What is it that makes a haunted house feel so disturbing? Is it the fact that it’s been long abandoned? That it’s riddled with dark and twisty hallways? That it simulates danger? Or maybe it’s the low-quality construction that makes people nervous? We’re going to take these frightening characteristics and spin them around for the web. After all, what is a website, but a digital house? (Let’s just make sure yours doesn’t feel haunted!)
When building a website or PWA, no one ever thinks, “I really hope my visitors run away in fear!” Yet, one wrong move could make a visit to your website seem like a nightmarish walk through a haunted house instead of an awe-inspiring tour of a new home.
To be clear, I’m not talking about dark color palettes or blood-red typography that might remind someone of something they’d seen in a horror movie. If those kinds of design choices make sense and don’t intrude on readability, go for it! What I’m talking about are those ominous feelings emitted by the design and content of a website — similar to the ones someone might feel when walking through a haunted house.
When a visitor shows up on your website, the last thing you want is for them to be wary of moving through it. You want your website to give off a welcoming and safe vibe; not one that makes visitors wonder what’s lurking around the corner.
Basically, to get started just instantiate via code a BalloonPickerView (you can also set it in Storyboard) and track value changes with the valueChanged event.
So, today, I want to look at some ways in which a website might be giving your visitors the heebie-jeebies and what you can do to eliminate those haunted house-like elements from the experience.
In a lot of ways, a website is like your home. You add comfortable furnishings to it. You make it feel warm and inviting. And you clean up before anyone comes over, so they’re not freaked out by the accumulated dust or clutter.
If you keep that in the back of your mind (i.e. your website = your home), you can avoid these scary missteps as you design websites (as well as PWAs and mobile apps) for your clients.
There’s a video game and movie called Silent Hill that’s based on Centralia, a real ghost town in Pennsylvania. Decades ago, there was a coal mine fire in the town that led to toxic conditions like the gas and smoke that billow up from the ground to this day.
It’s an element the video game designers and cinematographers latched onto when creating their own eerily abandoned setting for Silent Hill:
Eventually, Centralia was condemned due to the dangers posed by the fire and the resulting toxicity. Today, there are only a few residents who remain in town.
While there are some tourists who venture to Centralia out of curiosity, they don’t stay long. And why would they? The town is unlivable and it’s devoid of any meaningful experiences.
Your website may be sending similar signals if it’s:
The Blockbuster website (which I can’t believe still exists) is a good example of the kinds of signals a website might send to visitors if it were abandoned:
The copyright on this website is from 2017, which is why the design of the site isn’t as bad as one might expect it to be. Even the mobile counterpart is responsive:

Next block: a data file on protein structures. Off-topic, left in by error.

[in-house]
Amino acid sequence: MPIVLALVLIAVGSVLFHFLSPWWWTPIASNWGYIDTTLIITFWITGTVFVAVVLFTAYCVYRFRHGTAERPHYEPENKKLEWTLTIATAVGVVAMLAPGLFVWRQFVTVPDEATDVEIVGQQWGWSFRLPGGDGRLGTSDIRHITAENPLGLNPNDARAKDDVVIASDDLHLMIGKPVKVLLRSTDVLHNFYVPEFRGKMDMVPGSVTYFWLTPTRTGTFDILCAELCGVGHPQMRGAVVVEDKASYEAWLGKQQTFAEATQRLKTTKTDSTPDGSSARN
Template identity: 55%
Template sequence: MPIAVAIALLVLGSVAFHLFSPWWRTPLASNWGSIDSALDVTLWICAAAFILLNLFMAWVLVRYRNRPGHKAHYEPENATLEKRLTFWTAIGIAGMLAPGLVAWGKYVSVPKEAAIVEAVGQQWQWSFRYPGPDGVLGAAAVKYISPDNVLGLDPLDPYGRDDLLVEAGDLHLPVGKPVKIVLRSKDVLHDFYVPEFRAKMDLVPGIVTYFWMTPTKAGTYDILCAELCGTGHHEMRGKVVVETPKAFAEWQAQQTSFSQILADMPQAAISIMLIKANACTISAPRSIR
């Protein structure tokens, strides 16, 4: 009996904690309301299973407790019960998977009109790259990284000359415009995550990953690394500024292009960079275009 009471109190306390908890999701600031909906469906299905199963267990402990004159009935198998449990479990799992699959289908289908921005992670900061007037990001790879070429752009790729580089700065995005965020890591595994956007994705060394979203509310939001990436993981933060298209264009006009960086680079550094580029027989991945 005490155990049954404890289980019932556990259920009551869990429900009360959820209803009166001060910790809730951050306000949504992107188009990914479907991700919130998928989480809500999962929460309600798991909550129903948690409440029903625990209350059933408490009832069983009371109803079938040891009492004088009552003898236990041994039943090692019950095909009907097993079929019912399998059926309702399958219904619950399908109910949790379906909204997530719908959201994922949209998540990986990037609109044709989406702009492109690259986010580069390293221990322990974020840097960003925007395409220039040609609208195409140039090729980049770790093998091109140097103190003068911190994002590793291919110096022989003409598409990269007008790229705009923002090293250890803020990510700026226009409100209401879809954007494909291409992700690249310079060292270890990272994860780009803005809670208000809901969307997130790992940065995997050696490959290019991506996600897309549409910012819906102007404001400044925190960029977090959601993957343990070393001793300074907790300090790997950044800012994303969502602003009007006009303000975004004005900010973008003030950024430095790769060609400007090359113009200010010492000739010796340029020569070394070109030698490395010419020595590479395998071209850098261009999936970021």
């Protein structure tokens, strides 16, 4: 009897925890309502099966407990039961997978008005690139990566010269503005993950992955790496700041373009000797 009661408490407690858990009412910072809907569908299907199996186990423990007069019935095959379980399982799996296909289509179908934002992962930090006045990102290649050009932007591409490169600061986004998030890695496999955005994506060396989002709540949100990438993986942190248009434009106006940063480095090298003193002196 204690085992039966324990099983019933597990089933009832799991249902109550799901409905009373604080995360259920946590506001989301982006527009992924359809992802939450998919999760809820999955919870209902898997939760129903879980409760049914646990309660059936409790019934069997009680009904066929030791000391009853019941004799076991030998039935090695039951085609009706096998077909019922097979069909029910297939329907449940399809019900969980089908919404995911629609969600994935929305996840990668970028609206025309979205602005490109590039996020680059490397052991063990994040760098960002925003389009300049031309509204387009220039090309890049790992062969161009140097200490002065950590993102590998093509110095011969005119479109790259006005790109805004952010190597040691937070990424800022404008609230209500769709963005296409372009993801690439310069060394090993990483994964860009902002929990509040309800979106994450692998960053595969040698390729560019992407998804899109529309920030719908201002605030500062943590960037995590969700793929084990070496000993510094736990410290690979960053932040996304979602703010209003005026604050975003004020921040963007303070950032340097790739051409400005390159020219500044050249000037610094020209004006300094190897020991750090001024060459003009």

That said, this website is nothing but a husk of what it once was in its heyday.
For example, this is what shows when someone clicks on “Blockbuster Store Location”:
If I had arrived at this site hoping to find a local video store to rent a movie from, I’d be confused by this pop-up. Does the store actually exist at 211 NE Revere Ave? What’s going to happen when I call the number? And why are they telling me I don’t have to leave the couch?
What DISH should’ve done when buying out Blockbuster is to take ownership of this domain, but then direct it to their own website. As it stands now, it feels as though there’s no one on the other side of this website and there’s no point in keeping it alive (much like the business itself).
It’s these kinds of questions and that eerie feeling of “What’s going on here????” that you want to keep your visitors from experiencing.
Another hallmark of a haunted house is excessive confusion. This is something that real-life serial killer H. H. Holmes mastered with his “Murder Castle”.
Interestingly, there is a term in the field of environmental psychology related to this particular quality of a space: legibility.
Essentially, if a space (like a home or a website) has clear pathways and a logical organization, it’s much easier for visitors to get oriented. Not only that, if a layout mirrors that of other spaces, it assists in recognizability and comfort. That sounds a lot like the legibility and navigability of a website, right?
Obviously, you don’t want your visitors to feel as though they’re going to get lost in your website or like they’re trapped within the walls of it. There are a number of things that could make them feel this way though:
Let’s look at an example.
How many of you would feel confident pursuing any of the paths (links) available to you on the ARNGREN website?
This is what appears when you click on the “PEDALS” image/link in the top-middle of the ARNGREN home page:
As you can see, the “Index” disappears from the left, so the only option visitors have is to click the home page link or hit the browser “Back” button to depart from the path they’ve taken.
Then there’s the page itself which scrolls on and on, showing off more pictures of bicycles and scooters. There are occasional descriptions and links that appear, but it’s really nothing more than a painful rabbit hole to fall down:
This website is exactly how I expect visitors of H. H. Holmes’ Murder Castle felt when they first stepped inside those confusing hallways or fell through one of his trap doors. There’s no rhyme or reason to any of the pages and it almost feels as dangerous to backtrack as it is to move forward.
If you’d like to avoid taking your visitors on such a harrowing journey, focus on creating a clear and open path that’s easy to traverse and to get off of when they want to.